This volume celebrates the historic acquisition by the Fine Arts Museums of San Francisco of sixty-two paintings, sculptures, drawings, and quilts by twenty-two contemporary African American artists. While these self-taught artists were born in the Jim Crow period of institutionalized racism, their works embody the promise and attainment of freedom in the modern Civil Rights era and address some of the most profound and persistent issues in American society, including race, class, gender, and spirituality. Originally created as expressions of individual identity and communal solidarity, these eloquent objects are powerful testaments to the continuity and survival of the African American culture.
Timothy Anglin Burgard is the Ednah Root Curator in Charge of American Art for the Fine Arts Museums of San Francisco. He is the author or coauthor of sixteen books, including Richard Diebenkorn: The Berkeley Years, 1953–1966 (2013); Matter and Spirit: Stephen De Staebler (2011); The Surreal World of Enrico Donati (2007); and Frank Lobdell: Making and Meaning (2003).
Thornton Dial was born in rural Alabama and grew up in the shadow of the Great Depression. His life unfolded in tandem with the challenges of institutionalized segregation and the triumphs of the Civil Rights movement, experiences described in his artistic output. In his large-scale paintings, sculptures, and mixed-media assemblages, Dial channeled a variety of perspectives on the politics and poetry of the African American South.
Lonnie Holley of Birmingham, Alabama, combines recycled materials to create visual stories—often linking the past to the present—that are intended to teach and inspire. He also performs and records experimental music, and his albums Just Before Music (2012) and Keeping a Record of It (2013) were released by Dust-to-Digital Records.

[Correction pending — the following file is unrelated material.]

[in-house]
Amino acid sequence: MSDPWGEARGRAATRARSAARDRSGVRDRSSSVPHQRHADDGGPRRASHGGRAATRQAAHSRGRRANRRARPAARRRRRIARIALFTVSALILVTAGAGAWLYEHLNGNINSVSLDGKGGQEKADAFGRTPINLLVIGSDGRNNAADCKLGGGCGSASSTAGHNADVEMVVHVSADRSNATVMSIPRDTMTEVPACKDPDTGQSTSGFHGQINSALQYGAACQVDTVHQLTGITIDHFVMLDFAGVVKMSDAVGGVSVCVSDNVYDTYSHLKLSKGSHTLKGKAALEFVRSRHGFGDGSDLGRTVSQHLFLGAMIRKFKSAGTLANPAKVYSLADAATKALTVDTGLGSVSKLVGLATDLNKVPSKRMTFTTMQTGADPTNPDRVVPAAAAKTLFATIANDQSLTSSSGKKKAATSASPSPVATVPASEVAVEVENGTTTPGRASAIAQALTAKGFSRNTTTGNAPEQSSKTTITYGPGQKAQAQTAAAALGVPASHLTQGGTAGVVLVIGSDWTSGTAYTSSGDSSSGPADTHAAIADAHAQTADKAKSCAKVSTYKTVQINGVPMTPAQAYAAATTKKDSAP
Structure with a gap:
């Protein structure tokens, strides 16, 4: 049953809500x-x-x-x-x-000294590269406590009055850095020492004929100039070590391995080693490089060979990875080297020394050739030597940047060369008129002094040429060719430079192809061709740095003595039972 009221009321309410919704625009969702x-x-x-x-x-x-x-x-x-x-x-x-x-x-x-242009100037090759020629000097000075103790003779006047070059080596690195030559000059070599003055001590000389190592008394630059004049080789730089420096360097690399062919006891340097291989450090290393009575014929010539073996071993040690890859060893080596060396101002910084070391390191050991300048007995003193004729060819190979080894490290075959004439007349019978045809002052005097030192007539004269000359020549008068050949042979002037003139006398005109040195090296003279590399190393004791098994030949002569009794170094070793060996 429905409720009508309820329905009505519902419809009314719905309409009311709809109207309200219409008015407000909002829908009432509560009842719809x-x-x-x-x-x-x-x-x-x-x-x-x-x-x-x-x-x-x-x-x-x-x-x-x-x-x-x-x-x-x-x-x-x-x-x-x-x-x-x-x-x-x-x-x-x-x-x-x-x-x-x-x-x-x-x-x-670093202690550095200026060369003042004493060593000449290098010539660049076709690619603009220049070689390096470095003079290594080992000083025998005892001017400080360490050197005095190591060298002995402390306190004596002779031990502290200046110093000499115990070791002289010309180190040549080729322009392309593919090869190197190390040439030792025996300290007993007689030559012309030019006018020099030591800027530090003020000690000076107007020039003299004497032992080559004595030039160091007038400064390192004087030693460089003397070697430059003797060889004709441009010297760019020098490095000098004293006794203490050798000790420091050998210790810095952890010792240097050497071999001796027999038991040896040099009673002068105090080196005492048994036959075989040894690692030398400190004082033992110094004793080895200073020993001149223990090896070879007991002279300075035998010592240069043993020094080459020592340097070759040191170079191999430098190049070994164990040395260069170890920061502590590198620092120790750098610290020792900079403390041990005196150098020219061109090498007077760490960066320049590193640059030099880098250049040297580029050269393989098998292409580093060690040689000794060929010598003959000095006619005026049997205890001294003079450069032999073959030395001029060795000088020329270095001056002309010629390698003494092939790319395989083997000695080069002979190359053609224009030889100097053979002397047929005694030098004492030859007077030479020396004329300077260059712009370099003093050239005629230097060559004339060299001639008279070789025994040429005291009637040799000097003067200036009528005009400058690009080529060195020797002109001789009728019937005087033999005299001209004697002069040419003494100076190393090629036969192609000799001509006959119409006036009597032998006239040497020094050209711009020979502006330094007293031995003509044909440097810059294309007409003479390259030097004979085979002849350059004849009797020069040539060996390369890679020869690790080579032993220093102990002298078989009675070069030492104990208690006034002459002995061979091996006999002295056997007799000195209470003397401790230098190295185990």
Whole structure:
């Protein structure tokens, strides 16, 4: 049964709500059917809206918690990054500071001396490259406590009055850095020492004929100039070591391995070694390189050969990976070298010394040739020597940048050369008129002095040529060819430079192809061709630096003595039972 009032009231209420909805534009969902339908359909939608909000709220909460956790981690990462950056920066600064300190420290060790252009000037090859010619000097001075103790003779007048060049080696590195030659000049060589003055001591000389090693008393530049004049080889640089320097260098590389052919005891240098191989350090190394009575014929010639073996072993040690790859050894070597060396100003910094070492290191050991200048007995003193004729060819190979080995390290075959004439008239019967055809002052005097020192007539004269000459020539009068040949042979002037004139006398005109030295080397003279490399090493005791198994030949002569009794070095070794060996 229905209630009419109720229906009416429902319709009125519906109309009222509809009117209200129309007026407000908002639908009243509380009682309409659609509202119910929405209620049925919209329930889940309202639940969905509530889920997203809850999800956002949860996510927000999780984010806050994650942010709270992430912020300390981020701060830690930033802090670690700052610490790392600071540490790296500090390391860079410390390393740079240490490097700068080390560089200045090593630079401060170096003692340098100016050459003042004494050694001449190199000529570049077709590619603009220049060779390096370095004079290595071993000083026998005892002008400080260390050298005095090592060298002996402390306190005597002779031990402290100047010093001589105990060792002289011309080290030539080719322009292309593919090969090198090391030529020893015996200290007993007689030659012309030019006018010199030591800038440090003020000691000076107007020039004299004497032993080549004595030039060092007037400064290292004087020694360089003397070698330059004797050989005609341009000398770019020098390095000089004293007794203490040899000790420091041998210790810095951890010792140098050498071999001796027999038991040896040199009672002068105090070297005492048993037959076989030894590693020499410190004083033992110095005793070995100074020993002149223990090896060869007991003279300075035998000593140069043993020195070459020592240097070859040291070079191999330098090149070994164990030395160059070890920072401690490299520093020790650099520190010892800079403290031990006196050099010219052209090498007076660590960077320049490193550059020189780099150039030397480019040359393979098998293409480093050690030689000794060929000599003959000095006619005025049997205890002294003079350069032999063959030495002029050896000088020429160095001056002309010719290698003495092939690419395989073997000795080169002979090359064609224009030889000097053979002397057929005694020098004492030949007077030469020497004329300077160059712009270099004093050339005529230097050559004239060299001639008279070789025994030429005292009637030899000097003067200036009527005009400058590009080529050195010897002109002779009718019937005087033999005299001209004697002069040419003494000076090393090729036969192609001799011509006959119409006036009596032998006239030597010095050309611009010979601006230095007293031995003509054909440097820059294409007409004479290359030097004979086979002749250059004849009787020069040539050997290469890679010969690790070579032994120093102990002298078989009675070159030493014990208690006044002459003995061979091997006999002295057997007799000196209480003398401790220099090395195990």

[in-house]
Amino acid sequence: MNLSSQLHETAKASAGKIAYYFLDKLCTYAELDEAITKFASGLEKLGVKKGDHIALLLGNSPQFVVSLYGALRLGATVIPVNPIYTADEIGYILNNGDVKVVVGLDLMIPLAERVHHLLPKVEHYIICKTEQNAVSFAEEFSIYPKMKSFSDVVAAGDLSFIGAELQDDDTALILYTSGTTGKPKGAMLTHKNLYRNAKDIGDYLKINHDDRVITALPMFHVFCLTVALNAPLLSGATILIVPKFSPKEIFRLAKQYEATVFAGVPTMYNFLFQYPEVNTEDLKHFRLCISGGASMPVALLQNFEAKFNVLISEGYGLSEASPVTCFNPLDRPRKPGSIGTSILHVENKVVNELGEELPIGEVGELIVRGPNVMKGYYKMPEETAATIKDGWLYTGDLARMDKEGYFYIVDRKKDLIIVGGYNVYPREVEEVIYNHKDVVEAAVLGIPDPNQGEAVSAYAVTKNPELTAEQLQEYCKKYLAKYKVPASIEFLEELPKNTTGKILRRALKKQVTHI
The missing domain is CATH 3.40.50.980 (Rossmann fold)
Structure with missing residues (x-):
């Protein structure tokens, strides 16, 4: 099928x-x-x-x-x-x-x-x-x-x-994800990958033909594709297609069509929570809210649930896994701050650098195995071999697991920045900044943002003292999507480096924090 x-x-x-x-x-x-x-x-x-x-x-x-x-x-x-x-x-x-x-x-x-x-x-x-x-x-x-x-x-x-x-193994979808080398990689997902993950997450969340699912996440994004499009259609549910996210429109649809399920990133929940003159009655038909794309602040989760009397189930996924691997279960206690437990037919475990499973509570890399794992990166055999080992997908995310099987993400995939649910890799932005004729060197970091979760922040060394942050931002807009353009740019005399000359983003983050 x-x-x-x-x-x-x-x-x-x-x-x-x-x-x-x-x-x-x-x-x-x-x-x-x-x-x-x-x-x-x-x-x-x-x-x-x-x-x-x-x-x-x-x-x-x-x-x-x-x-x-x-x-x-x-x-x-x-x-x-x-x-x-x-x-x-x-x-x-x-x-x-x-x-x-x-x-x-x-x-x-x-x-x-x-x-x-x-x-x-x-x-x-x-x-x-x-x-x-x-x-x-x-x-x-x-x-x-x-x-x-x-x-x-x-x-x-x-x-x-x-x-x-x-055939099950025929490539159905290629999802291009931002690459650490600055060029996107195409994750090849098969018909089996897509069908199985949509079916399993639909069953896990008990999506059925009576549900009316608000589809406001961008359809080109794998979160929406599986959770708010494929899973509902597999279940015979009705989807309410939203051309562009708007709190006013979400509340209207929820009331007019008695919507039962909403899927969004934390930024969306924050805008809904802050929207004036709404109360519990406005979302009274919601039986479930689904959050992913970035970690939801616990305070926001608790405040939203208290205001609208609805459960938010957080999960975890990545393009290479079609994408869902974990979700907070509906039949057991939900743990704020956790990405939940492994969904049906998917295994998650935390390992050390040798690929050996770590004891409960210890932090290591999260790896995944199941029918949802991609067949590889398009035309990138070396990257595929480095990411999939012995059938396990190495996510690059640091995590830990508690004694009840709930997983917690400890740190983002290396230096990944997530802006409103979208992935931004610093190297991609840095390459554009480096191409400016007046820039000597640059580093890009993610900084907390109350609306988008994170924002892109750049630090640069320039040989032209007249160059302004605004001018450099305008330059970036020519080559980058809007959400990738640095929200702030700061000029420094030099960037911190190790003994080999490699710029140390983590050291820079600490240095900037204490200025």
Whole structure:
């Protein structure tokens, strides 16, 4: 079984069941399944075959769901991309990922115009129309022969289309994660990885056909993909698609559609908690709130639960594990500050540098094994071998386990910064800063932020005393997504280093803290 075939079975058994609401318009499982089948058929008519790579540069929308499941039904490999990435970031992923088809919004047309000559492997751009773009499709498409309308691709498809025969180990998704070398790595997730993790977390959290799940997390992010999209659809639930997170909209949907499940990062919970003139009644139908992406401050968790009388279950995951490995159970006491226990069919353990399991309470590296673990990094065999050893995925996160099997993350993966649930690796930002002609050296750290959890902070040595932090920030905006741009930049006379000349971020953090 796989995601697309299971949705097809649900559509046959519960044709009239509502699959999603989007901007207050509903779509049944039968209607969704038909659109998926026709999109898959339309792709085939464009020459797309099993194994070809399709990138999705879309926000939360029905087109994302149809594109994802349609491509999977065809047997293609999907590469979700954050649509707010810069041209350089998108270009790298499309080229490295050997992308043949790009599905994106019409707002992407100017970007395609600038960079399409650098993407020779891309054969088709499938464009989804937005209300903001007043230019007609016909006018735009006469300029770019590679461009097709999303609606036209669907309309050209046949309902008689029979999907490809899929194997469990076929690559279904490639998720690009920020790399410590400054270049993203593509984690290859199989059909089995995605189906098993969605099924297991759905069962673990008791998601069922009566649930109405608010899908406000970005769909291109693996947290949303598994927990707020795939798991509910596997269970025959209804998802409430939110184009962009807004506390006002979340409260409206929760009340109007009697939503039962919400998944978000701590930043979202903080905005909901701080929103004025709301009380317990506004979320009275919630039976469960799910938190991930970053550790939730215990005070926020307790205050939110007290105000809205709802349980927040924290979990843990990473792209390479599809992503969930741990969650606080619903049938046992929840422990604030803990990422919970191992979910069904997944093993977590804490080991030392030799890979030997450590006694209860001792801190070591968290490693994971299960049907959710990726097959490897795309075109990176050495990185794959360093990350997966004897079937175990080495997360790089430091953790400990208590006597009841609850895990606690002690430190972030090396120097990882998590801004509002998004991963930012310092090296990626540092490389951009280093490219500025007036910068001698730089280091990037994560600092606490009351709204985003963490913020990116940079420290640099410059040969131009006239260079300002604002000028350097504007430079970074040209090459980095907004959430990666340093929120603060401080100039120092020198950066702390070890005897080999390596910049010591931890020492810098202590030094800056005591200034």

Joe Minter grew up in Birmingham, Alabama. When Civil Rights memorials began to be installed around that city in the late 1980s, he responded by erecting his own tribute to ordinary African American workers—the “foot soldiers” of the Civil Rights movement. Minter’s “African Village in America,” a sculptural installation commemorating four hundred years of African American history through repurposed and re-envisioned materials, is recognized as one of the last great “yard shows” in the American South.
Lauren Palmor is the curatorial assistant in the American Art Department at the Fine Arts Museums of San Francisco. She has held fellowships at the Winterthur Museum, Garden, and Library and the Philadelphia Museum of Art, and has contributed to a number of exhibition catalogues, including Franz von Stuck (2013) and Nicolai Fechin (2013).